He spent several months of his imprisonment dictating a detailed account of his travels to a fellow inmate, Rustichello da Pisa ,  who incorporated tales of his own as well as other collected anecdotes and current affairs from China.
It depicts the Polos' journeys throughout Asia, giving Europeans their first comprehensive look into the inner workings of the Far East , including China, India, and Japan.
Polo was finally released from captivity in August ,  and returned home to Venice, where his father and uncle in the meantime had purchased a large palazzo in the zone named contrada San Giovanni Crisostomo Corte del Milion.
Marco and his uncle Maffeo financed other expeditions, but likely never left Venetian provinces, nor returned to the Silk Road and Asia.
Pietro d'Abano philosopher, doctor and astrologer based in Padua , reports having spoken with Marco Polo about what he had observed in the vault of the sky during his travels.
Marco told him that during his return trip to the South China Sea , he had spotted what he describes in a drawing as a star "shaped like a sack" in Latin : ut sacco with a big tail magna habens caudam , most likely a comet.
Astronomers agree that there were no comets sighted in Europe at the end of , but there are records about a comet sighted in China and Indonesia in Marco Polo gave Pietro other astronomical observations he made in the Southern Hemisphere , and also a description of the Sumatran rhinoceros , which are collected in the Conciliator.
In he is mentioned in a Venetian document among local sea captains regarding the payment of taxes. In , Polo was confined to bed, due to illness.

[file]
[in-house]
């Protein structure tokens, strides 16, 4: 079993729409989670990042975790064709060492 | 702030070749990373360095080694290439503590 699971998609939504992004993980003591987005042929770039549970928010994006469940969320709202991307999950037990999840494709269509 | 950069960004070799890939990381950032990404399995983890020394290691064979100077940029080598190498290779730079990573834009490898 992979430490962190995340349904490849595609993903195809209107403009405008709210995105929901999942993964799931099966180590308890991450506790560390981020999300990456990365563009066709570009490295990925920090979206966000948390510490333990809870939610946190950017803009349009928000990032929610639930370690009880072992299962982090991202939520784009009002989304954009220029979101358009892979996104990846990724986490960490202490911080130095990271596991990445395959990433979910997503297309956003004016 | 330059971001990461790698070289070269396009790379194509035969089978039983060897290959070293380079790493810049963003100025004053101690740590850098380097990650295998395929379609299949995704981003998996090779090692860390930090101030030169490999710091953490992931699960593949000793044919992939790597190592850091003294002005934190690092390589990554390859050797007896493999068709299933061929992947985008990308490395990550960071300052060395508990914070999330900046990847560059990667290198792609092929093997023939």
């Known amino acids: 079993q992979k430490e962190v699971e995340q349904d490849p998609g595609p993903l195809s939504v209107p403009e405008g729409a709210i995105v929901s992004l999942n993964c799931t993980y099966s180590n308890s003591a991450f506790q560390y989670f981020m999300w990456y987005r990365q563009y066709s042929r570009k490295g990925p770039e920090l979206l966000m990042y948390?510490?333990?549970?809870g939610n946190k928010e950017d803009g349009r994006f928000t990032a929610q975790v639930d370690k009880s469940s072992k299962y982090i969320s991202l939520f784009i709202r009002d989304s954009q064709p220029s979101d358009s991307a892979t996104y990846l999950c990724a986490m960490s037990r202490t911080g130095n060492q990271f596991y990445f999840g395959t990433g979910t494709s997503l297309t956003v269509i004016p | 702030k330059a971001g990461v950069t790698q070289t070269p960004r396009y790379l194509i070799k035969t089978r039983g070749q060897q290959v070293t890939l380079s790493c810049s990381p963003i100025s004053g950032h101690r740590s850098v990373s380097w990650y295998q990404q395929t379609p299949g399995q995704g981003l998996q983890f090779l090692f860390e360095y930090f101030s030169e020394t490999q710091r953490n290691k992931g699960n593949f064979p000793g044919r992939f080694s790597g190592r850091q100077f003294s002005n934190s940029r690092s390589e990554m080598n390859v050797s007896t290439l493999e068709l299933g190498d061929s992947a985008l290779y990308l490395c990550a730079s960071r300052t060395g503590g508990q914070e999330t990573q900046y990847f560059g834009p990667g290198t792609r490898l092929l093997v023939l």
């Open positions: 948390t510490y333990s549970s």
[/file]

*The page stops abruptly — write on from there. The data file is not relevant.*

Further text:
His wife, Donata, and his three daughters were appointed by him as co-executrices. He divided up the rest of his assets, including several properties, among individuals, religious institutions, and every guild and fraternity to which he belonged.
The will was not signed by Polo, but was validated by the then-relevant " signum manus " rule, by which the testator only had to touch the document to make it legally valid.
An authoritative version of Marco Polo's book does not and cannot exist, for the early manuscripts differ significantly, and the reconstruction of the original text is a matter of textual criticism.
A total of about copies in various languages are known to exist. Before the availability of printing press , errors were frequently made during copying and translating, so there are many differences between the various copies.
Polo related his memoirs orally to Rustichello da Pisa while both were prisoners of the Genova Republic. Rustichello wrote Devisement du Monde in Franco-Venetian.
The oldest surviving manuscript is in Old French heavily flavoured with Italian;  According to the Italian scholar Luigi Foscolo Benedetto, this "F" text is the basic original text, which he corrected by comparing it with the somewhat more detailed Italian of Giovanni Battista Ramusio, together with a Latin manuscript in the Biblioteca Ambrosiana.